"It appears that TransGaming's new website is up,
including the keystone to its new open source business:
subscription services. TransGaming hopes to get many Linux users
subscribing for $5 a month.
Basically the only way for TransGaming (who write WineX - a DirectX
enabled version of WINE deisgned specially for games) to survive
(from what I can see, anyway) is through their subscription
service. By subscribing, users have a direct input in what
TransGaming work on next, for example they can vote to put more
emphasis on new games or speeding up current games, etc.
Subscribers also get access to binaries and a huge support forum.
Looks pretty cool to me, so go subscribe."
On this same topic, there's an interview at GameSpy with Gavriel
State, TransGaming's CEO:
"The source code for our product is freely available on
SourceForge under the Aladdin Free public License. This is a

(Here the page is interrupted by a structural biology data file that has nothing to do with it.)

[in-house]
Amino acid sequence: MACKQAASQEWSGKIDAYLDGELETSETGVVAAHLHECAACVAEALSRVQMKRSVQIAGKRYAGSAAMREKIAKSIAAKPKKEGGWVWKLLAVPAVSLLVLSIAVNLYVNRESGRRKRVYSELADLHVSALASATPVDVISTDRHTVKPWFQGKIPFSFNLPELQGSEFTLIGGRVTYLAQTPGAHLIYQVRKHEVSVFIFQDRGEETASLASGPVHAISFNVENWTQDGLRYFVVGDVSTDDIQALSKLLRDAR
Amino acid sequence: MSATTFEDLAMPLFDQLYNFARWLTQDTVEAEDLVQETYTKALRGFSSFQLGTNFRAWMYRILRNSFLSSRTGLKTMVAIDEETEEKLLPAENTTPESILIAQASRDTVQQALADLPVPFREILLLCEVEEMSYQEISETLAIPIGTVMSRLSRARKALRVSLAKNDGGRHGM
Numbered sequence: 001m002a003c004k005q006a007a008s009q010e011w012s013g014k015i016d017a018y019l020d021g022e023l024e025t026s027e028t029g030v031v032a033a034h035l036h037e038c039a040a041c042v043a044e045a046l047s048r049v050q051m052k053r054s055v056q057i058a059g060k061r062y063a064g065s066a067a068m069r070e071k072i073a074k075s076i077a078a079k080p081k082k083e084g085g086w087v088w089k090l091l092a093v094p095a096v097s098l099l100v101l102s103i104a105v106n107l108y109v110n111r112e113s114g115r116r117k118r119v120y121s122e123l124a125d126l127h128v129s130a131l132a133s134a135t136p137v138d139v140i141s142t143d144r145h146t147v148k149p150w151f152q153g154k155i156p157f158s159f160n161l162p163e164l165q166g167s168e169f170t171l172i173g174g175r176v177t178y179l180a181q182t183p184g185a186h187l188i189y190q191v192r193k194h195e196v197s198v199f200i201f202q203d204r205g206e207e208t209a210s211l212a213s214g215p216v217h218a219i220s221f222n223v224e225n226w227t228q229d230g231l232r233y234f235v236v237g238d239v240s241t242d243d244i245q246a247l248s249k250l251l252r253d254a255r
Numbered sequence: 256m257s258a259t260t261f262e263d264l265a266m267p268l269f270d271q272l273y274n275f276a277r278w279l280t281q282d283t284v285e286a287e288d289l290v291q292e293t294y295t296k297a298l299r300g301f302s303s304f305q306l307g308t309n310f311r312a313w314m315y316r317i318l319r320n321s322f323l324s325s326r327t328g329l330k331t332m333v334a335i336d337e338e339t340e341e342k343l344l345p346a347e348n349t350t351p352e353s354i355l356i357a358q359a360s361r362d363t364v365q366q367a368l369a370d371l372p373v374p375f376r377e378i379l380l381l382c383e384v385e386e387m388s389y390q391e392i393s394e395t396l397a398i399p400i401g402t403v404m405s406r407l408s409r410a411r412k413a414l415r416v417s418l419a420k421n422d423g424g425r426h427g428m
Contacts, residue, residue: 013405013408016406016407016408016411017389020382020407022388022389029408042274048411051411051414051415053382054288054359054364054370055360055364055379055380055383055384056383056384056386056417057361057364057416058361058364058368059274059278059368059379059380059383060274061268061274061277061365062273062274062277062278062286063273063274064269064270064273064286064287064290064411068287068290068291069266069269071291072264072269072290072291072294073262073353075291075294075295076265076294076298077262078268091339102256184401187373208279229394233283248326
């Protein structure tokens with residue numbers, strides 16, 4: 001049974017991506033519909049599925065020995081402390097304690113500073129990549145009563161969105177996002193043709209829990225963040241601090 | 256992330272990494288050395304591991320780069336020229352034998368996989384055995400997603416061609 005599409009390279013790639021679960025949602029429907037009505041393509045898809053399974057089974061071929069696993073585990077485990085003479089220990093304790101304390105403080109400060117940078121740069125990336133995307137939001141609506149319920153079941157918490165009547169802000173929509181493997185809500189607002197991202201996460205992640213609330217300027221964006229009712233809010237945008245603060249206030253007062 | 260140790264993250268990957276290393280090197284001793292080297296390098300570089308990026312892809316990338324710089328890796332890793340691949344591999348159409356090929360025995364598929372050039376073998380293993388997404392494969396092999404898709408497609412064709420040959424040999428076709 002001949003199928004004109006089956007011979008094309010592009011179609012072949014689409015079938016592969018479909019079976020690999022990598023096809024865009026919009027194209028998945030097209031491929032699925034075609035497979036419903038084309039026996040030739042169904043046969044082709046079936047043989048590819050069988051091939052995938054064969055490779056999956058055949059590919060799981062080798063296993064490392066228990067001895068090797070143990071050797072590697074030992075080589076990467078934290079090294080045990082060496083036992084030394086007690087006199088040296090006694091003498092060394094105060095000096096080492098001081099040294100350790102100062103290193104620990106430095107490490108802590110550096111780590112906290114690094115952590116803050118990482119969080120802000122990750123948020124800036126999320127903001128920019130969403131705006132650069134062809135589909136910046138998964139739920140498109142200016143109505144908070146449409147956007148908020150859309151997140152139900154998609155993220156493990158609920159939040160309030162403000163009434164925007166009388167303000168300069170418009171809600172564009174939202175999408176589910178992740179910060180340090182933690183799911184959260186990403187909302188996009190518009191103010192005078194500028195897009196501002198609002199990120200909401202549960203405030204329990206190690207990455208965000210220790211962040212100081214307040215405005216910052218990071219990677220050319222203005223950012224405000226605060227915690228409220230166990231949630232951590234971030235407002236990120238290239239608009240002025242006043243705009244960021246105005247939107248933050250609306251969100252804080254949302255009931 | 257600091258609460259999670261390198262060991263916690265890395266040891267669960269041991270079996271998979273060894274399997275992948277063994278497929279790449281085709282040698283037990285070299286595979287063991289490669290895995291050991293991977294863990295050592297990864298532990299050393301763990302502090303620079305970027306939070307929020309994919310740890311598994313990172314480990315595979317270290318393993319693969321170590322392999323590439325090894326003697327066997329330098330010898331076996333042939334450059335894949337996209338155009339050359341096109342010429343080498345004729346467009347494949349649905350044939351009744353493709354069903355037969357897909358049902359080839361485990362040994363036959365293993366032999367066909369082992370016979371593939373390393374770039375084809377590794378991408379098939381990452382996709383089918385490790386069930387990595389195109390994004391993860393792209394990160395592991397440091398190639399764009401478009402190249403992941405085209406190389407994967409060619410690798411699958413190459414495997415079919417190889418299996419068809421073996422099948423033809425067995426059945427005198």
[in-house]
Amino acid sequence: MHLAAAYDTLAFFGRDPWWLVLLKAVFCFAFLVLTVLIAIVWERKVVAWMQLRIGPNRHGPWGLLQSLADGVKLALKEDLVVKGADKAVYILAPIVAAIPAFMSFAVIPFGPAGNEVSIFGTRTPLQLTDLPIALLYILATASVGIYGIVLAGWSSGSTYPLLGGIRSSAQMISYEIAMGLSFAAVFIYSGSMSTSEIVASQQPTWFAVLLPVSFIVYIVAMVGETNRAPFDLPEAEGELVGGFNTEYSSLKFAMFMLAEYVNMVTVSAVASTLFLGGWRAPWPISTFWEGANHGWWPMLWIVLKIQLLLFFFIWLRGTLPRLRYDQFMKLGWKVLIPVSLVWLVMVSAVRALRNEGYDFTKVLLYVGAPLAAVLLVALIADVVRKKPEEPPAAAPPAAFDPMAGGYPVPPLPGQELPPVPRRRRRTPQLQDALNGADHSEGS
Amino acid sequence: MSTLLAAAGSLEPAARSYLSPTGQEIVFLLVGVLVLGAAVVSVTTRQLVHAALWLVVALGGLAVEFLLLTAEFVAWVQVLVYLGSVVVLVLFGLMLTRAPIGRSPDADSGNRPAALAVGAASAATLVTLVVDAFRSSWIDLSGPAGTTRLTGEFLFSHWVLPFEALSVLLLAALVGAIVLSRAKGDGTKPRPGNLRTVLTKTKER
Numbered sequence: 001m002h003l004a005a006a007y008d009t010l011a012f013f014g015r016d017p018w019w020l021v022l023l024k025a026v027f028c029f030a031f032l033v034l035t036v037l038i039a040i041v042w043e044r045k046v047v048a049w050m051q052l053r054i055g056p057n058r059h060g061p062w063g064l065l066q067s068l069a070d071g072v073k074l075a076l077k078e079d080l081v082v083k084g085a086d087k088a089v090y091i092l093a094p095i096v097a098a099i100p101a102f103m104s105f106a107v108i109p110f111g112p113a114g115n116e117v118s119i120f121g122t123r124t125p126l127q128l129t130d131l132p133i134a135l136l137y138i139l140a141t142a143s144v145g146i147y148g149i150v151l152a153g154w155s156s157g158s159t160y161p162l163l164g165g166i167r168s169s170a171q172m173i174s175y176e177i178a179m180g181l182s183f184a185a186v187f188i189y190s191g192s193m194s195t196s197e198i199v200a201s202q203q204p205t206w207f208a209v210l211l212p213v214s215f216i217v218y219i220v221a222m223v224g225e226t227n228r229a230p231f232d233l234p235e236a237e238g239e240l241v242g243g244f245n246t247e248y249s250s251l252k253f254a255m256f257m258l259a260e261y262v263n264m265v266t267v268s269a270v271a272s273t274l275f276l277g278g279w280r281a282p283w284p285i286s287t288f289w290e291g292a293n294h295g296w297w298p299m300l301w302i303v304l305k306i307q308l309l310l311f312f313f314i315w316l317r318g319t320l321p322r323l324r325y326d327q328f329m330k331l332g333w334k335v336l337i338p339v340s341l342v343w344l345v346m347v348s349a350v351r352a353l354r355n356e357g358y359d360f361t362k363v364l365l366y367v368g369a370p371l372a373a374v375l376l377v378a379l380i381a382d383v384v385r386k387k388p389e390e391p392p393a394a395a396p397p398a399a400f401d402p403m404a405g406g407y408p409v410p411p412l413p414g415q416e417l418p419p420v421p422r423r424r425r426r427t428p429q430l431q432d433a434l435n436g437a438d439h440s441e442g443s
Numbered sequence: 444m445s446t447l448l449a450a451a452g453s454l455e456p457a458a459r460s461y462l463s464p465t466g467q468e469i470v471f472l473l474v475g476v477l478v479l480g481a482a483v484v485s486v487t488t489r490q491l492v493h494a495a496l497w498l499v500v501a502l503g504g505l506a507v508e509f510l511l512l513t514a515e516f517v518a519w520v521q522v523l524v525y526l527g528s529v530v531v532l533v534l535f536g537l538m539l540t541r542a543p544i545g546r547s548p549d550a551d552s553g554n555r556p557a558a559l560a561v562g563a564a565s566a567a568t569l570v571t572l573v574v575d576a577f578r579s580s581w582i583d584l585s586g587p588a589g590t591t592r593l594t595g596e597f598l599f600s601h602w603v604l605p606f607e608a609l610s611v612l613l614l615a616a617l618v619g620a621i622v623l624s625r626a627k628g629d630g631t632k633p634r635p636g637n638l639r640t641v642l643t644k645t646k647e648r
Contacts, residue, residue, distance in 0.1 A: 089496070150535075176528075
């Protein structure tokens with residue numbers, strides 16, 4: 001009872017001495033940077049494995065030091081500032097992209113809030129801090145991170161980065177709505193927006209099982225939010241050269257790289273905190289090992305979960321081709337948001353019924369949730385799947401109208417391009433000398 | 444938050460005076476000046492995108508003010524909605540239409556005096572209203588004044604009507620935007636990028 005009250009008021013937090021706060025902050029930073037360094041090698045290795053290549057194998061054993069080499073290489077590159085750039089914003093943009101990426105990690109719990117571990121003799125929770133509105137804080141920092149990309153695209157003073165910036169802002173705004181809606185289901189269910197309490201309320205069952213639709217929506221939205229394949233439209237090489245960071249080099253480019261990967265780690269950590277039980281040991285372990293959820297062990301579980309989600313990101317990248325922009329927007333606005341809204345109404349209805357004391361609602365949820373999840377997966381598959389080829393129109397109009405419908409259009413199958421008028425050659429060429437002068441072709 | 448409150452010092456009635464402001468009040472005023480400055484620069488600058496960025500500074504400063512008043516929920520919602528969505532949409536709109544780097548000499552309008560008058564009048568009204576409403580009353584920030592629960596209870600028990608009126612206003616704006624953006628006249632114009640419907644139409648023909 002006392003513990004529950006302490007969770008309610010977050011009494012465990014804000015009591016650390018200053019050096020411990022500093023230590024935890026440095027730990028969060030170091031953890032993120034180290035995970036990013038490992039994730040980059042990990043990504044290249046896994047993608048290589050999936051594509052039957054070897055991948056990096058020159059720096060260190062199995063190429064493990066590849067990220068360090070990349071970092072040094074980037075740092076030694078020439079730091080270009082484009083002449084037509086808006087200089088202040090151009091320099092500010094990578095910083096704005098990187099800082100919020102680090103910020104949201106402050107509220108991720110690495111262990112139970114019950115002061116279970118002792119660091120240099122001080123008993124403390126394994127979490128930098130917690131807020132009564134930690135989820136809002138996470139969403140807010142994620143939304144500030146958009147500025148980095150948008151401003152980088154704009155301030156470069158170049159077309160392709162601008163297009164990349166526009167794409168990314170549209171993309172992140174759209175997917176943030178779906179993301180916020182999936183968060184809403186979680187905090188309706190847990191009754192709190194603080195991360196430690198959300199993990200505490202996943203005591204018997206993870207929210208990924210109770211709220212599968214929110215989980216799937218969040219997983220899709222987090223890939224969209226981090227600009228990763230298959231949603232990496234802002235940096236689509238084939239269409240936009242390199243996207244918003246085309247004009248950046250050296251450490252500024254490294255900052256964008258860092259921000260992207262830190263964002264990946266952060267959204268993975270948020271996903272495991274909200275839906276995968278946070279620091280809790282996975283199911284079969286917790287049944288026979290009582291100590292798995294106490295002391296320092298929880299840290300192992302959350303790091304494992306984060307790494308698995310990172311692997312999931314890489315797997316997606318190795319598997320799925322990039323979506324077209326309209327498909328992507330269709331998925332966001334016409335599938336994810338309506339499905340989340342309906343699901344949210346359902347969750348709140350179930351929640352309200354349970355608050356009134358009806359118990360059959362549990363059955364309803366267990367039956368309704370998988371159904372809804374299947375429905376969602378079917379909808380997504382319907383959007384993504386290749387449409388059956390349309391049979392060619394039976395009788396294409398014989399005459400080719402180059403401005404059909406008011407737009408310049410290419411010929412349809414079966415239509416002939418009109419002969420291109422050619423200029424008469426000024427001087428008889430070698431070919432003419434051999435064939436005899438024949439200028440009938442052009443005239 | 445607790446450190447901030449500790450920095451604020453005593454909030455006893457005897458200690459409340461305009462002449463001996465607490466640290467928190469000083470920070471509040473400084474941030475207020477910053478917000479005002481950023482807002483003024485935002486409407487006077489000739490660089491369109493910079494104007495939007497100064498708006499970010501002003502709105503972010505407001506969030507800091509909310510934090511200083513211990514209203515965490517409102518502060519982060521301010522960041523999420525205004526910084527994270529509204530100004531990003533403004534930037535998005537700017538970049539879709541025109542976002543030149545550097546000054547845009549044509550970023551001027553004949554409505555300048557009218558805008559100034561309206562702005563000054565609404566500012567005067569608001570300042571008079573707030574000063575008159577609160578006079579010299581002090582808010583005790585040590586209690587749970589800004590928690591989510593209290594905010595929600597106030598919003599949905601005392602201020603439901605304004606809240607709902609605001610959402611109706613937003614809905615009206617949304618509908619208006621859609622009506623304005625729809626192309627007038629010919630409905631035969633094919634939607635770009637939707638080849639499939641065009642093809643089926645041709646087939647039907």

license originally created for the GhostScript project that
restricts commercial redistribution of the code, but allows end
users to see and play with it. TransGaming will be providing binary
packages only to users who are subscribed to our support and voting
service. Others may provide binary packages non commercially, but
they will not be official releases, and we will not be providing
any support for them.
Once we have reached our subscriber goals, we will be releasing
the WineX code under the much more liberal Wine license, and we
will continue releasing code that way if our subscription numbers
meet our targets. Thus, by subscribing, our users not only get the
features and services they want to see right now, but they also
help to establish the commercial viability of the Street Performer
Protocol, which will have profound implications for the future of
the entire information economy.
The Street Performer Protocol is a fascinating new economic idea
for dealing with the central dilemma of information goods: treat
them as an ongoing performance work, rather than an out-and-out
product. Stephen King has experimented with it recently with an
on-line novel. We feel that the Linux community is a perfect market
to start with in the software world."